on how i write my poetry

it’s much like sewing,
seated in a pool
of moonlight, bent deep over fine spun threads,
white cotton,
never silk in my case, plucked by workers with
dark leather skin, i smell

traces of their sweat & body
as i run my hands through cloth,
feel for soft spots, knots and kneeling
on the floor (i don’t use
a table)

stitch ‘em loosely into shape,
layer after, after layer,
fill the room
with scent of clay, wet
on my fingertips,
clinging, holding roots that dig wide
where pulsating chambers pump
the rhythm, takes

me with it, nah– not flying,
crawling the earth, hands in soil,
fumbling for the core
of what it’s made of, there’s

a single light bulb,
(some would call it poor–
illumination)
swaying slowly with the wind that moves
the curtains just enough to get
a glimpse beyond
retainers, seams & pins,
that hold it all together

.

Gay Cannon has us writing poetry on poetry for FormForAll at dVerse today…see you at 3pm EST..

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66 responses to “on how i write my poetry

  1. This is really lovely, Claudia – both abstract and vivid, particular and universal. Very lovely picture of words being seamed – not so elegantly, but with a great deal of life. k.

  2. seated in a pool
    of moonlight, bent deep over fine spun threads,
    white cotton,
    never silk in my case, plucked by workers with
    dark leather skin

    Love this pool of moonlight…rapunzel great write

  3. You are a Master Weaver! The image I get is the neatly tatted lace made in Brittany or what my little Welsh grandmother would make. It takes real craftsmanship and vision to create something so delicate.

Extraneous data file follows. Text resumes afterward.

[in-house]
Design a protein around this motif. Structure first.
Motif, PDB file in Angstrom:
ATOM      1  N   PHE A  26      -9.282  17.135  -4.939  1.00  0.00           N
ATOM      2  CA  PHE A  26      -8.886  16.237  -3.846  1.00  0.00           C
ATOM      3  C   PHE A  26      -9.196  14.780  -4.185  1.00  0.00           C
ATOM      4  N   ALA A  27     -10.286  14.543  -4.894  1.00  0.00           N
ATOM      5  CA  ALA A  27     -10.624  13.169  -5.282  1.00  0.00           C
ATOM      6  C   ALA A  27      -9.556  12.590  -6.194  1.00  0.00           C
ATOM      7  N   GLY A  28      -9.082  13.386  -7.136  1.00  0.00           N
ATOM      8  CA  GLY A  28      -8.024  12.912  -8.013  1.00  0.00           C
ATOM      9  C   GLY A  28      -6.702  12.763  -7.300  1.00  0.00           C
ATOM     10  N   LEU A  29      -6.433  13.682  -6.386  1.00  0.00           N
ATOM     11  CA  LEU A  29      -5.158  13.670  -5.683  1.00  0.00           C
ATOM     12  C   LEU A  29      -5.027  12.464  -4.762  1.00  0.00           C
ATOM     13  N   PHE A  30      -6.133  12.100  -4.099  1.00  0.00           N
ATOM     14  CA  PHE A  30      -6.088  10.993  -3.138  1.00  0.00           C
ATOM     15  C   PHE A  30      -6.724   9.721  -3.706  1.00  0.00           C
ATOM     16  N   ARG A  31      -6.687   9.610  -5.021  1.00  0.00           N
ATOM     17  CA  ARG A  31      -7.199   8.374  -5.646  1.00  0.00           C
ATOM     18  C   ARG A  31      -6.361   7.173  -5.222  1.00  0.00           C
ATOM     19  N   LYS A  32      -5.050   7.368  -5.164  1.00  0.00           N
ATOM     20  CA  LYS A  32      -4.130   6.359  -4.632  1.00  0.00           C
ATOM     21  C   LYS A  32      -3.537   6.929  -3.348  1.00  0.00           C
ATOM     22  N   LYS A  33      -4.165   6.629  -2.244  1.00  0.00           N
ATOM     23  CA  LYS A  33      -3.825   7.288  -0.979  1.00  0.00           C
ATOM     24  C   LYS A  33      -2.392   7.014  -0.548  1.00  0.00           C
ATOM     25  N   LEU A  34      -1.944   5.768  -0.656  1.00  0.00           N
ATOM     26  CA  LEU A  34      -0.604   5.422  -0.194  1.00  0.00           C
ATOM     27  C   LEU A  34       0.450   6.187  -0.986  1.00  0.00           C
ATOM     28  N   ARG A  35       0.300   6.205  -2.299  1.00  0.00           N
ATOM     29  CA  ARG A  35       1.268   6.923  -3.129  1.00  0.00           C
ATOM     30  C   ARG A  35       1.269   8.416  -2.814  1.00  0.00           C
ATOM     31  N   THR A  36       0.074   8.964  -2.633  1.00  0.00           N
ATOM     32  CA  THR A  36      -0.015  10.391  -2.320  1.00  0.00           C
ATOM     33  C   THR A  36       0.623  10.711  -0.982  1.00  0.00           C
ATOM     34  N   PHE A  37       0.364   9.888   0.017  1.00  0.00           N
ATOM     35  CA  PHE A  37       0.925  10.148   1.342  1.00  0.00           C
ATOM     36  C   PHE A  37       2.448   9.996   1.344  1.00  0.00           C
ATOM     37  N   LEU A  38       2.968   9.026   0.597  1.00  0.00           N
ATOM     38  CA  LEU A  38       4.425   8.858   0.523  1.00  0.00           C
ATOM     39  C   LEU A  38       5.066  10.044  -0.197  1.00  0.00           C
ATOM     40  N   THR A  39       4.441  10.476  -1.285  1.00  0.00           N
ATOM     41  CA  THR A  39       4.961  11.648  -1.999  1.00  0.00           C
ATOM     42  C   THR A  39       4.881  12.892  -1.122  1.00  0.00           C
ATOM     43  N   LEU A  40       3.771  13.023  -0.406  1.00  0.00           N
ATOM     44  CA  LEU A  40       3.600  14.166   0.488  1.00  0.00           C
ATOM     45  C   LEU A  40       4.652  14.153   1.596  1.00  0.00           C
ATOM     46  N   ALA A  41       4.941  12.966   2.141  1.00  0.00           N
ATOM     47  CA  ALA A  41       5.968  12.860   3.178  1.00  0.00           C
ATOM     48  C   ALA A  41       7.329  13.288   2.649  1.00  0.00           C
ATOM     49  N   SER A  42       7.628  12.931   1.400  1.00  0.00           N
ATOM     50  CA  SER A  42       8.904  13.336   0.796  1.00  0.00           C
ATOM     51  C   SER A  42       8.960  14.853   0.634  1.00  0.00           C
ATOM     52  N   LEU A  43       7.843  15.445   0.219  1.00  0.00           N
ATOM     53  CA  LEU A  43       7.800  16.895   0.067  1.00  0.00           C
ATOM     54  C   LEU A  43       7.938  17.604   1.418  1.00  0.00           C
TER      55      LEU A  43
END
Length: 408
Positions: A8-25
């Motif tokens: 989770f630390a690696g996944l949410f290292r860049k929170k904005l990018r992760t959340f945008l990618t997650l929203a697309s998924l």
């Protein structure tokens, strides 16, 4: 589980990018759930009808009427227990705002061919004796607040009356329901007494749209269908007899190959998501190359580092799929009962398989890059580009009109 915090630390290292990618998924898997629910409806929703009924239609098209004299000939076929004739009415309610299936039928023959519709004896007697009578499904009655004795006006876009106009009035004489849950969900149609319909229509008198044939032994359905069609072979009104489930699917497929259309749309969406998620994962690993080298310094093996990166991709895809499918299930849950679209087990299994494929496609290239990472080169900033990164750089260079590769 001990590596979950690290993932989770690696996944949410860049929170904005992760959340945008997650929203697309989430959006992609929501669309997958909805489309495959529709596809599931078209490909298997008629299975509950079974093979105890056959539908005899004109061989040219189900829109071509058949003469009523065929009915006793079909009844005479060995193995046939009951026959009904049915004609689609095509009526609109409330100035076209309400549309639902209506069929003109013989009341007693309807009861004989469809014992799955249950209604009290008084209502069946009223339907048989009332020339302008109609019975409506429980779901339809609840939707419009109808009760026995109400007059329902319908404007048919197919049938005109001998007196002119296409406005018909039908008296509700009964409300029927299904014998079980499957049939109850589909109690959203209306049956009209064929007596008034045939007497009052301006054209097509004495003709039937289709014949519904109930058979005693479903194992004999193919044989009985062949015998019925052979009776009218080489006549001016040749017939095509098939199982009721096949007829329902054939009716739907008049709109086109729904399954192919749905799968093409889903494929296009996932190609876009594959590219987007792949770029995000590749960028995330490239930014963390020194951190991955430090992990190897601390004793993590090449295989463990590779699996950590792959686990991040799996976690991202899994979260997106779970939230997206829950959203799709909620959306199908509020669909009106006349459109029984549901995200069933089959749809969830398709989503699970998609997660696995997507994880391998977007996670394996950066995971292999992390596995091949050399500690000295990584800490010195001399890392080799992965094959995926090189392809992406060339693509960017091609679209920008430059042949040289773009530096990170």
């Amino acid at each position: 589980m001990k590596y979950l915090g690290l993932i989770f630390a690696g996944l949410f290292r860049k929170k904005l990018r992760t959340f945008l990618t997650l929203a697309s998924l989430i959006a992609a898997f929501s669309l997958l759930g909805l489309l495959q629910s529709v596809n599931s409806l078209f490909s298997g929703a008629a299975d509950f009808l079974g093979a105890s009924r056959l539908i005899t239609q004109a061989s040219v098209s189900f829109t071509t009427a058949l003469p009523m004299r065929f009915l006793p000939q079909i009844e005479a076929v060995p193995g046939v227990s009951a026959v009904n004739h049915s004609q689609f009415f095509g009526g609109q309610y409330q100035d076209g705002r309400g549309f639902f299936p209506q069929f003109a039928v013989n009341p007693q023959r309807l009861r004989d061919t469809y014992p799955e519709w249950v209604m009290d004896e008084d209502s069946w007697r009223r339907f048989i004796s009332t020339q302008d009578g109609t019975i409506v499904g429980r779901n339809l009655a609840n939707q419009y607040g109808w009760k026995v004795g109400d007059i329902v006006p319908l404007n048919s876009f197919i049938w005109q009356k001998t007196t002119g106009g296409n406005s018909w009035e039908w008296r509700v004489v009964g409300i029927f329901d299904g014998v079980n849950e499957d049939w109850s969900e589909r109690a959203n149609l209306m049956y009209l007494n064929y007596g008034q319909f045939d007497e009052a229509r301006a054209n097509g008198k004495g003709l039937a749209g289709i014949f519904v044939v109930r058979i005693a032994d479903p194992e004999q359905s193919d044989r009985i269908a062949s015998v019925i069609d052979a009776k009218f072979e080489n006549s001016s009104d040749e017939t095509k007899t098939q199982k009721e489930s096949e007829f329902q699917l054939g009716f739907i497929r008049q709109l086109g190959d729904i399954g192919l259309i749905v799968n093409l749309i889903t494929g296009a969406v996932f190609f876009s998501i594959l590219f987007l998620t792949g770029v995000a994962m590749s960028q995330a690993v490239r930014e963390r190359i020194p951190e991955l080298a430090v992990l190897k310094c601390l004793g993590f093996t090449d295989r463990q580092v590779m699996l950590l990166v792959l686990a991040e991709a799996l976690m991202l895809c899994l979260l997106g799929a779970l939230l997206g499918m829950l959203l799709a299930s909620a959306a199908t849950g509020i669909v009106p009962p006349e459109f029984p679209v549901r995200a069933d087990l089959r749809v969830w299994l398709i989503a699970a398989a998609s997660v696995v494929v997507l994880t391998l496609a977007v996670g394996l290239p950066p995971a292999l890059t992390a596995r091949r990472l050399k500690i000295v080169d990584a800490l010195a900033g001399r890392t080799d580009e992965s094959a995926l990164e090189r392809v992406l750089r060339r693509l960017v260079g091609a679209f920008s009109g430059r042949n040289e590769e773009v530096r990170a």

4. love all the little bits of creation in this…the single lightbulb at the end is my fav touch overall because it is almost like a zoom out on the scene of the sewing (which make a great extended metaphor) and then zoom back in on another metaphor of the light bulb…may yours never dim…smiles….

  5. i thought i would like these lines best,

    “not flying,
    crawling the earth, hands in soil,
    fumbling for the core”

    then came to the last stanza with the light bulb and the swaying and curtains and glimpse and, well…

    this was great 😉

  6. What a poetic seamstress you are 🙂 This is all sewn together in a rich tapestry of words, silk or, not. The pictures you invoke are so vivid, alive. I too, loved the single light bulb swaying slowly with the wind.
    Another lovely read Claudia.

  7. I’ve always wondered how you did it. Now I know that you simply sew the fabric of earth’.
    This is so beautiful Claudia. The images, words and the heart that’s in it. It’s your love story.

  8. Isn’t that a perfect description of the process! Clever, creative, recognizable. I’m going to use this as inspiration to describe my own process.

  9. An unusual and extremely appropriate analogy Claudia–it’s all about making something with craft and care, something useful but hopefully beautiful as well. Loved the picture you drew of sitting on the floor in the dim light wrestling with the fabric–I can barely sew on a button without making my fingers bleed, but this poem was painless.

  10. Introspection is essential, and resistance is futile. This piece is of a piece, like the Navaho woman creating a blanket. And more than most poets, sensuality always lurks and languishes within your words. I liked the line /I smell traces of sweat & body as I run my hands through cloth/ Seriously, you def make me proud to be a wordsmith, to prize poetry above all other forms of communication; thanks.

  11. Claudia, this is so cinematic – the piece moves through essentials in a kind of sepia tone. Again its all about the craft – whatever the art form and here your stitches don’t show and your seams are flawless.

  12. An apt conceit and you do, as Gay says, sew it flawlessly. It is a beautiful companion process to your vivacious product and I feel privileged to get a glimpse into your heart. I loved it!